The sex ceiling
Bussaraporn Thongchai is leading the charge of female Thai artists in pushing the boundaries of what is deemed acceptable regarding bodies, gender and sexuality
Bussaraporn Thongchai believes it would have been completely different if her paintings were displayed, say, by the fountain display at Parc Paragon. She's probably right. The main subject of her ongoing exhibition "I'm Not Your Holy Mother" at Ardel's Third Place Gallery is an old and haggard, yet sexually unrestrained version of the mother of Jesus, the Virgin Mary. One piece shows an up-skirt shot of a woman squatting, while the other shows a woman hung upside down on a crucifix, her wrinkled body and breasts weighed down.
Woman And A Big Fish, currently in the exhibition 'My Sisters And Other Ghosts' at The Cross Art Projects in Sydney.
As the exhibition is housed at a gallery space, where, I bet, days could go by without having any visitor at all, such works would have probably caused quite a ripple if they had been shown in a more public space. This has brought about a significant question. Where do Thai female artists, whose works explore body and sexuality, stand now in an ever-growing Thai art scene?
"Thai people can certainly take it, but they are just too pretentious to accept it," said the 29-year-old artist, whose exhibition, on display until this Saturday, also features an Angulimala-inspired necklace, but with 15 little silver-moulded penises: the number of boyfriends she's had so far. Her 2012 exhibition "The Man No.10", also at Ardel's Third Place Gallery, featured portraits of her previous boyfriends with their penises close to their faces.
Artworks that explore sexuality -- whether through paintings, sculptures, performances or photography -- by male artists are received differently from that by female artists. In the Western art world, the gap has greatly diminished, if not already disappeared. Take Marina Abramovic's 1976 Freeing The Body in which she danced for almost an hour naked until she collapsed; Joan Jonas' 1970 Mirror Check; or most recently Sarah Lucas' I Scream Daddio at the British Pavilion at the Venice Biennale this year, in which there were sculptures of erect penises, as well as a number sculptures of female lower parts with cigarettes stuck into various orifices.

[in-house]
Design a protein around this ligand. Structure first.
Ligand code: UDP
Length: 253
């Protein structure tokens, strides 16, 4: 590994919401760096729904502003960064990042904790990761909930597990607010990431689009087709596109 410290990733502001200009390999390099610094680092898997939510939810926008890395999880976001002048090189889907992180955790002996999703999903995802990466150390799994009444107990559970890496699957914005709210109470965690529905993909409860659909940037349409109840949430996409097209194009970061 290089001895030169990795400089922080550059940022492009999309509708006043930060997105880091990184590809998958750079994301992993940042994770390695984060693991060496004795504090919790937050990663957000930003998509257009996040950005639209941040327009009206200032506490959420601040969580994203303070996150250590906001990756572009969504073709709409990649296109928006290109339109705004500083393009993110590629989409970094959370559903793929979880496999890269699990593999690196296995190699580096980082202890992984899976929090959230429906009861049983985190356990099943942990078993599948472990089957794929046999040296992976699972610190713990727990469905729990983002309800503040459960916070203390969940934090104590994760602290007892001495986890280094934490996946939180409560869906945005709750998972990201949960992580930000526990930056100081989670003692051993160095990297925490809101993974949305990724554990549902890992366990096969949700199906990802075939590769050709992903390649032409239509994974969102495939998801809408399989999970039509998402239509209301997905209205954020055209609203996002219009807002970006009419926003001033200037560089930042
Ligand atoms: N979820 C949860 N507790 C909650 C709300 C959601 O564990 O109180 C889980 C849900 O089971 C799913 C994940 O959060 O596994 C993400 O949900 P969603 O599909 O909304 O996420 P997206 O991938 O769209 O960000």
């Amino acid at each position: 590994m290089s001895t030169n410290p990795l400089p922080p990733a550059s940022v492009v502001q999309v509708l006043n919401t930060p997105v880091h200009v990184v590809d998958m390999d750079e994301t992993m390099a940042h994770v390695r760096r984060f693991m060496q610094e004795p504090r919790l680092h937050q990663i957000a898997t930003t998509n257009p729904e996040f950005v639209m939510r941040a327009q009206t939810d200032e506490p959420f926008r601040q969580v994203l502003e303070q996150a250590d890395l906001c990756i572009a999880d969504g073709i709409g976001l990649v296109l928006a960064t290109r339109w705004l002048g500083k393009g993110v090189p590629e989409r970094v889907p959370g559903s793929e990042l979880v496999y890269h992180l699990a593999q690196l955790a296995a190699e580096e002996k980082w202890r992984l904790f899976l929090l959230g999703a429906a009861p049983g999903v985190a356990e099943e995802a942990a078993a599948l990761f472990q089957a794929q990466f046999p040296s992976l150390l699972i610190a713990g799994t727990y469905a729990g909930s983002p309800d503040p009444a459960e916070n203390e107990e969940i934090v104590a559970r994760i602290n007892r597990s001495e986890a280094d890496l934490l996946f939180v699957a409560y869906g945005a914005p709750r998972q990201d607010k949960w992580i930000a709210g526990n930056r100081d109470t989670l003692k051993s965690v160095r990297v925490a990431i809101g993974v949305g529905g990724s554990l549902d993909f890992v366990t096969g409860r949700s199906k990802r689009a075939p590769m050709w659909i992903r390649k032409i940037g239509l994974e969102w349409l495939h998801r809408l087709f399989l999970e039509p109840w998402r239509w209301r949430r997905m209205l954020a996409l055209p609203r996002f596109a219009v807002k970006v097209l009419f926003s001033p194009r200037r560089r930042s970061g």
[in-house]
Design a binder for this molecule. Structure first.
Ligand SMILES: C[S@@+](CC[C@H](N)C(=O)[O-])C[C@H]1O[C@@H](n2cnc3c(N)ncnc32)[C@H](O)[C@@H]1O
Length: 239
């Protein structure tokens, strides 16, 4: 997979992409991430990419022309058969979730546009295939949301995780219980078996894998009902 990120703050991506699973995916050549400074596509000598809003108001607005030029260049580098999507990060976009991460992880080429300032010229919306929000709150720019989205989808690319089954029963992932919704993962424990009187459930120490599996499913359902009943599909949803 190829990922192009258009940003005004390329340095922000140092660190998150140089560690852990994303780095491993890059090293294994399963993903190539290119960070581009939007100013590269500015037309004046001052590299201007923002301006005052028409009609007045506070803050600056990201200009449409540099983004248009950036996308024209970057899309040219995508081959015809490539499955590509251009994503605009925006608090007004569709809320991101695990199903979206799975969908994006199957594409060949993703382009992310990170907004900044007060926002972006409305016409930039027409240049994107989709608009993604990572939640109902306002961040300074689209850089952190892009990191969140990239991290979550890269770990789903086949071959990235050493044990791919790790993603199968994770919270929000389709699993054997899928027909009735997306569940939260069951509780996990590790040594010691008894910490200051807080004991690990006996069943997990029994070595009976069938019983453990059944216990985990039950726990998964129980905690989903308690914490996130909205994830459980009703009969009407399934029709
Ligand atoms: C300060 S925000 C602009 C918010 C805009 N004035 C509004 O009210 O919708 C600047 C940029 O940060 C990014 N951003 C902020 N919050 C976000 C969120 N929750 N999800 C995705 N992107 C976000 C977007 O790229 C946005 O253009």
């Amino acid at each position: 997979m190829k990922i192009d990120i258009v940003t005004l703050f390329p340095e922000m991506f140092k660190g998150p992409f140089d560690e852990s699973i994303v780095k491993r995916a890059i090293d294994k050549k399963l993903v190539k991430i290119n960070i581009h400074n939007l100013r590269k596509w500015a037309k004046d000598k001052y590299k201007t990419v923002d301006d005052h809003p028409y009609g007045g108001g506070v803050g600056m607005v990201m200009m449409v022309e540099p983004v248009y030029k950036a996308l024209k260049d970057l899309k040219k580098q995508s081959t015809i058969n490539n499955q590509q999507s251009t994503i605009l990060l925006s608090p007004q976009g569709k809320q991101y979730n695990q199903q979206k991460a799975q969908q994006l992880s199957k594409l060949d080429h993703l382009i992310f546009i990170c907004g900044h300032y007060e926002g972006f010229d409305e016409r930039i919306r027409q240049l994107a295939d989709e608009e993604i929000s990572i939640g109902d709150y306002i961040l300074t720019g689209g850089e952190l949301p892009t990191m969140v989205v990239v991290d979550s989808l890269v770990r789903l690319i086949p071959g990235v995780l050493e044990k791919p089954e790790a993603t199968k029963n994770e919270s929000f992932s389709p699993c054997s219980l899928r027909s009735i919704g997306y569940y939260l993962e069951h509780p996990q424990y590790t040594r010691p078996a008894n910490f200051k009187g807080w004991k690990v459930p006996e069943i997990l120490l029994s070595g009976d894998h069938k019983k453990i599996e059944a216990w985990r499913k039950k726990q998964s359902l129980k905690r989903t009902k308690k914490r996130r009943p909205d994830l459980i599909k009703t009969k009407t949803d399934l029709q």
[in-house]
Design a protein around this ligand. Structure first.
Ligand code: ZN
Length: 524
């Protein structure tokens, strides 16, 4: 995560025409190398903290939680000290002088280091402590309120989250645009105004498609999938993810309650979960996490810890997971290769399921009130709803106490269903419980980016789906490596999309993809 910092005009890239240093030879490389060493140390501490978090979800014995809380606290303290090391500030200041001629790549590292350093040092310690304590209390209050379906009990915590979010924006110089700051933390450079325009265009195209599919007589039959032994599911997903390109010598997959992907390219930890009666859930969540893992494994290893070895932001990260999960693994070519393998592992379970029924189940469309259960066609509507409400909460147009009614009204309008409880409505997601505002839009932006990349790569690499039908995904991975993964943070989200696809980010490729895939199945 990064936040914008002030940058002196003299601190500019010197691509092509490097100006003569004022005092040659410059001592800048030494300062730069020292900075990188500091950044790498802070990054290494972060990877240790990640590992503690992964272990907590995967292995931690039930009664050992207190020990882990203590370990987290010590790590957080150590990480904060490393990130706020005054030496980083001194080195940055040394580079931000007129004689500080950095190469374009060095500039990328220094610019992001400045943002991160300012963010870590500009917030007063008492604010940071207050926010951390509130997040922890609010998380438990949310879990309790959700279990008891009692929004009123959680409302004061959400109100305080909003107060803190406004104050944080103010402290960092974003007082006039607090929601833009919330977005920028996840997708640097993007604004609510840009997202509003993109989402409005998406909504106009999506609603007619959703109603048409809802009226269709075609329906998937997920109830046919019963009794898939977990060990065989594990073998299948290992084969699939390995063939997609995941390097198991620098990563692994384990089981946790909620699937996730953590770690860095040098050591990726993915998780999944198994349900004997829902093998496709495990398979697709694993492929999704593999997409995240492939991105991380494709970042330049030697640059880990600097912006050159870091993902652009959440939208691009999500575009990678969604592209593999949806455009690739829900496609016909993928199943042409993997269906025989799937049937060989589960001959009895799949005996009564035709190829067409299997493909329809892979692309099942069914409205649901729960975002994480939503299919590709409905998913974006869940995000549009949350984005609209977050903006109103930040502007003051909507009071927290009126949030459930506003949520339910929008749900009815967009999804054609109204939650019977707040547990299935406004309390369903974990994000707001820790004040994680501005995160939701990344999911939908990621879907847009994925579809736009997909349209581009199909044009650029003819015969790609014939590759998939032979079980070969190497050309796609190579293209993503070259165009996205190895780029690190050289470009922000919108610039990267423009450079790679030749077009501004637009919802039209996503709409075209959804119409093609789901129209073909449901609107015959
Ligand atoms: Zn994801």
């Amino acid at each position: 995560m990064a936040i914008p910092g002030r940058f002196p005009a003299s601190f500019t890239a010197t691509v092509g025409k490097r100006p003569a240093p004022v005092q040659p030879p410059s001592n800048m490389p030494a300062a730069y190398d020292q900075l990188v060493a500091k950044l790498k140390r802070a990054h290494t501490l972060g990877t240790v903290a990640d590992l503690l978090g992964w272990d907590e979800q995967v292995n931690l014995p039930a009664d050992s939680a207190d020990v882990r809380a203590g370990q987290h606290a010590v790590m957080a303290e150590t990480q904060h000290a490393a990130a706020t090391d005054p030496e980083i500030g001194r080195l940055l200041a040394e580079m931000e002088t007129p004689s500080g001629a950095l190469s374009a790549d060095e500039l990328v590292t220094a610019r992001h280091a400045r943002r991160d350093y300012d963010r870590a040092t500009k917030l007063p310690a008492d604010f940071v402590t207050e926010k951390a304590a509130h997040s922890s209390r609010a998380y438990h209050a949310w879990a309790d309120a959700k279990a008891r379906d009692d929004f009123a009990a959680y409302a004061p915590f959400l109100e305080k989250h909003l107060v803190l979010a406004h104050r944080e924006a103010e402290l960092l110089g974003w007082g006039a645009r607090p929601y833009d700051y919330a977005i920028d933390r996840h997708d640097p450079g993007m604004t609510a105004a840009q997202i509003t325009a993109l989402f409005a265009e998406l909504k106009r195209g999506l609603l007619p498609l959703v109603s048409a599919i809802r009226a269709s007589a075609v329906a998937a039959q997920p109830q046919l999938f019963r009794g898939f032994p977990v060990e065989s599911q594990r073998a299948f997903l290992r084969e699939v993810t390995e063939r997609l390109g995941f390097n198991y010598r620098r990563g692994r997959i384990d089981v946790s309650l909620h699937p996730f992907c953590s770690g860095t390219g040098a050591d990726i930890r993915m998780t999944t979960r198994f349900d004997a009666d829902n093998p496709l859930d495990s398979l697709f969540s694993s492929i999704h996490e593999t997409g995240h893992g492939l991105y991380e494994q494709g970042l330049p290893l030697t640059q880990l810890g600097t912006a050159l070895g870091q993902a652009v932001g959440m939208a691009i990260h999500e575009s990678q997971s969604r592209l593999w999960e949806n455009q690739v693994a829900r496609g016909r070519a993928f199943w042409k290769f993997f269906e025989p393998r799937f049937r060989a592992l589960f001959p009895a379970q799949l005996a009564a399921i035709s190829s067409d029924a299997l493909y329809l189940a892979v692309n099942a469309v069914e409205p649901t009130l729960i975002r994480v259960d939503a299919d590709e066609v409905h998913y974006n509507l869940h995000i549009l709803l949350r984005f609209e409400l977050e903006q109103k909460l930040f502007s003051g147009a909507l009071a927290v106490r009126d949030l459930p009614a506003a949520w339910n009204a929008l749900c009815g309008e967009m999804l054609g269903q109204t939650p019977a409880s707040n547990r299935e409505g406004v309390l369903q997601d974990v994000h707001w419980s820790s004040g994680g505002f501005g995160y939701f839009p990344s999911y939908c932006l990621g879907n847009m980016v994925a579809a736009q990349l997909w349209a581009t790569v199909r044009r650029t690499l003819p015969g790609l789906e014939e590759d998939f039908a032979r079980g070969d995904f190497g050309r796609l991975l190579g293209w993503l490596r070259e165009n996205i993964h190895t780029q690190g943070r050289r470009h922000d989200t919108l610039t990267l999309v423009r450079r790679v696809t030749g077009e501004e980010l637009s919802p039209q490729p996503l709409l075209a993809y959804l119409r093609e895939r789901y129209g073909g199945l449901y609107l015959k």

In Thailand, where attitudes in every other cultural aspect, including art practice, are still very much constrained by the patriarchal society, outspoken female artists are still very much marginalised.
"Back in the late 80s to the beginning of the 90s, there were quite a few female artist groups, notably 'Womanifesto' group, who joined and created works related to women's issues," said The Jim Thompson Art Centre's artistic director and prominent curator Gridthiya Gaweewong. "But they didn't specifically point at issues of body and sexuality."
Gridthiya said that even though now there are more and more Thai female artists who dare to question gender and sexuality, there still isn't enough to create any real impact.
Pinaree Sanpitak, whose fans and audience members have, for over two decades now, come to know her by her breast-shaped artworks of various mediums, is the first of just a few names that immediately spring to mind.
"I have not felt any bias or experienced any limited opportunities starting my career here in Thailand as a practising female artist working on the body and gender issues," said Pinaree. "In Thai art, literature and film, the subject of the female body and sexuality is definitely not a foreign subject."